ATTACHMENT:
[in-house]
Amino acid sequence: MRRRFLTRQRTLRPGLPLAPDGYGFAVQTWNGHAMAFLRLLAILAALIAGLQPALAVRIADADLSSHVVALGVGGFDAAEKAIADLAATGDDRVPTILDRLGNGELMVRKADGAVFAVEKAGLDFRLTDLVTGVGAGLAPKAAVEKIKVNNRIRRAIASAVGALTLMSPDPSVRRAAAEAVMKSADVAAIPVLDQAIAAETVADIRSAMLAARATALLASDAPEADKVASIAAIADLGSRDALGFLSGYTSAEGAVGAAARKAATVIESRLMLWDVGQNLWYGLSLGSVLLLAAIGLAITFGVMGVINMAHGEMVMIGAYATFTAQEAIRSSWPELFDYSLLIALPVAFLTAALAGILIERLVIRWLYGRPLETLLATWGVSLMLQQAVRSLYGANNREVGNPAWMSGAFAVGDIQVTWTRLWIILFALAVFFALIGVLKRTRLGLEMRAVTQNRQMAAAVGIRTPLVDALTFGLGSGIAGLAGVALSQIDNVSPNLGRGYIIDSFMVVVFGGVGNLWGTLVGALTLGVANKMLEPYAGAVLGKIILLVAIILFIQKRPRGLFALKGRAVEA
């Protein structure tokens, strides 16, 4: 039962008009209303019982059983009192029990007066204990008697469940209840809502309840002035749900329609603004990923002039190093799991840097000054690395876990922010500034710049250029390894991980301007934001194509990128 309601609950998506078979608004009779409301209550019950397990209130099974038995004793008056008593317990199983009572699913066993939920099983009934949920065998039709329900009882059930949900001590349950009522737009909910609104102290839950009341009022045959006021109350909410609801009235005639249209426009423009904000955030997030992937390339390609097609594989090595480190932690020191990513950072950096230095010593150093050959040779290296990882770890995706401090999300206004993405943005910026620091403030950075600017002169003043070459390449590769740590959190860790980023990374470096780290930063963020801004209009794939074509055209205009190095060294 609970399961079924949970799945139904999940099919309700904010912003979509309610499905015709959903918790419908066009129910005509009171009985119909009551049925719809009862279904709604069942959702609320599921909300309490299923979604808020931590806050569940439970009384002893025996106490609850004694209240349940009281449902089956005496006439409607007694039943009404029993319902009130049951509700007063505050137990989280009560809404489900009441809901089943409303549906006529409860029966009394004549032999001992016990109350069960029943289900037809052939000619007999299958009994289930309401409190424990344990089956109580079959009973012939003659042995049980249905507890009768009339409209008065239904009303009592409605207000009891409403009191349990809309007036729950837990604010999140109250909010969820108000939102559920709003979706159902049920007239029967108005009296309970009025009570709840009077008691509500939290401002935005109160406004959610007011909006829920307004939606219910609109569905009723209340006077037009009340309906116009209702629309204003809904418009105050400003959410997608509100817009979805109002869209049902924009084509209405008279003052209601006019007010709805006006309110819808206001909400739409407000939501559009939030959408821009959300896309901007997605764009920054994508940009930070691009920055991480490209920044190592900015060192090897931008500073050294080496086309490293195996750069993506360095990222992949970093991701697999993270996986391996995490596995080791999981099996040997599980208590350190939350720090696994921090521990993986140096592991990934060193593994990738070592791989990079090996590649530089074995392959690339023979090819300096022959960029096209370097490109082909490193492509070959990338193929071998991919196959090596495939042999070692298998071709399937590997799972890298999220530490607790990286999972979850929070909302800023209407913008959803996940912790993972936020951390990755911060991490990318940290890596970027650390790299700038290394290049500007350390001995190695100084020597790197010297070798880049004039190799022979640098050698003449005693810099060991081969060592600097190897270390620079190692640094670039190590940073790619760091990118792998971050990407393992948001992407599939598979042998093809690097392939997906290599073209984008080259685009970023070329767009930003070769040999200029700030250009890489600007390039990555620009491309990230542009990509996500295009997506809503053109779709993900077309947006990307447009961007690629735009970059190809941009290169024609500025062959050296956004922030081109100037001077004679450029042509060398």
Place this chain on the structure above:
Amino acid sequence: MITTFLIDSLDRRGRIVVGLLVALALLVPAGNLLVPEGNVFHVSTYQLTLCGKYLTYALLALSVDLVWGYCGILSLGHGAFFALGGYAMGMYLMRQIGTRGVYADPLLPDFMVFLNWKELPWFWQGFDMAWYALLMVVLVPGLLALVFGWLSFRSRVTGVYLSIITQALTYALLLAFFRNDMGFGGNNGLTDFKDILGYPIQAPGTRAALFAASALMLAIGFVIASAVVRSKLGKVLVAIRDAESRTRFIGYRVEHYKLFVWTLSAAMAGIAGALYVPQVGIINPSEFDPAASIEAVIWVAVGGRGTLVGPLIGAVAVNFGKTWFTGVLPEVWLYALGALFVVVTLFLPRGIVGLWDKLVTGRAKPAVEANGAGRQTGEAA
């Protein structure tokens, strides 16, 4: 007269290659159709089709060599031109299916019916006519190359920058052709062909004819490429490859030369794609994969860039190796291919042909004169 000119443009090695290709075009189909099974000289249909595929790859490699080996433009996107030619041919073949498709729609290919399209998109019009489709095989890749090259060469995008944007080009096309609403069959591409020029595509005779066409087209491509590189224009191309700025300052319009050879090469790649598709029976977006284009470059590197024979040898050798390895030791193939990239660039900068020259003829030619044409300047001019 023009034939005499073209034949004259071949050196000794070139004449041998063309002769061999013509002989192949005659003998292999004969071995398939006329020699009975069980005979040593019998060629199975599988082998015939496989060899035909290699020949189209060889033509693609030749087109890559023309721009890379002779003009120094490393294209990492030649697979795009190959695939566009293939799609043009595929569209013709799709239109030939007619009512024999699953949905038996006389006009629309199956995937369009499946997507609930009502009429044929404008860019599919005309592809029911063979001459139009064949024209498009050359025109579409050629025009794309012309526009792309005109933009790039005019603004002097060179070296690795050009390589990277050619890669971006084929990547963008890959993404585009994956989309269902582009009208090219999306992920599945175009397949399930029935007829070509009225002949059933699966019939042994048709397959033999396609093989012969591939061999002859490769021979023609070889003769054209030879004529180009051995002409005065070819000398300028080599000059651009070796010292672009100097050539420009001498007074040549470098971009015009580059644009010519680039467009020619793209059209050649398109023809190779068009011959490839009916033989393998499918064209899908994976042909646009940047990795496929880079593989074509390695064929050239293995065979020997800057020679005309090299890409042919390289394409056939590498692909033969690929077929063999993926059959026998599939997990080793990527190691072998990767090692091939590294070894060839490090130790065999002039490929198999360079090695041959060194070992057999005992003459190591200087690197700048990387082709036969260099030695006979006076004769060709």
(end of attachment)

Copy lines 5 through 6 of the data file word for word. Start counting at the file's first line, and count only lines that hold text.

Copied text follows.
Amino acid sequence: MITTFLIDSLDRRGRIVVGLLVALALLVPAGNLLVPEGNVFHVSTYQLTLCGKYLTYALLALSVDLVWGYCGILSLGHGAFFALGGYAMGMYLMRQIGTRGVYADPLLPDFMVFLNWKELPWFWQGFDMAWYALLMVVLVPGLLALVFGWLSFRSRVTGVYLSIITQALTYALLLAFFRNDMGFGGNNGLTDFKDILGYPIQAPGTRAALFAASALMLAIGFVIASAVVRSKLGKVLVAIRDAESRTRFIGYRVEHYKLFVWTLSAAMAGIAGALYVPQVGIINPSEFDPAASIEAVIWVAVGGRGTLVGPLIGAVAVNFGKTWFTGVLPEVWLYALGALFVVVTLFLPRGIVGLWDKLVTGRAKPAVEANGAGRQTGEAA
């Protein structure tokens, strides 16, 4: 007269290659159709089709060599031109299916019916006519190359920058052709062909004819490429490859030369794609994969860039190796291919042909004169 000119443009090695290709075009189909099974000289249909595929790859490699080996433009996107030619041919073949498709729609290919399209998109019009489709095989890749090259060469995008944007080009096309609403069959591409020029595509005779066409087209491509590189224009191309700025300052319009050879090469790649598709029976977006284009470059590197024979040898050798390895030791193939990239660039900068020259003829030619044409300047001019 023009034939005499073209034949004259071949050196000794070139004449041998063309002769061999013509002989192949005659003998292999004969071995398939006329020699009975069980005979040593019998060629199975599988082998015939496989060899035909290699020949189209060889033509693609030749087109890559023309721009890379002779003009120094490393294209990492030649697979795009190959695939566009293939799609043009595929569209013709799709239109030939007619009512024999699953949905038996006389006009629309199956995937369009499946997507609930009502009429044929404008860019599919005309592809029911063979001459139009064949024209498009050359025109579409050629025009794309012309526009792309005109933009790039005019603004002097060179070296690795050009390589990277050619890669971006084929990547963008890959993404585009994956989309269902582009009208090219999306992920599945175009397949399930029935007829070509009225002949059933699966019939042994048709397959033999396609093989012969591939061999002859490769021979023609070889003769054209030879004529180009051995002409005065070819000398300028080599000059651009070796010292672009100097050539420009001498007074040549470098971009015009580059644009010519680039467009020619793209059209050649398109023809190779068009011959490839009916033989393998499918064209899908994976042909646009940047990795496929880079593989074509390695064929050239293995065979020997800057020679005309090299890409042919390289394409056939590498692909033969690929077929063999993926059959026998599939997990080793990527190691072998990767090692091939590294070894060839490090130790065999002039490929198999360079090695041959060194070992057999005992003459190591200087690197700048990387082709036969260099030695006979006076004769060709």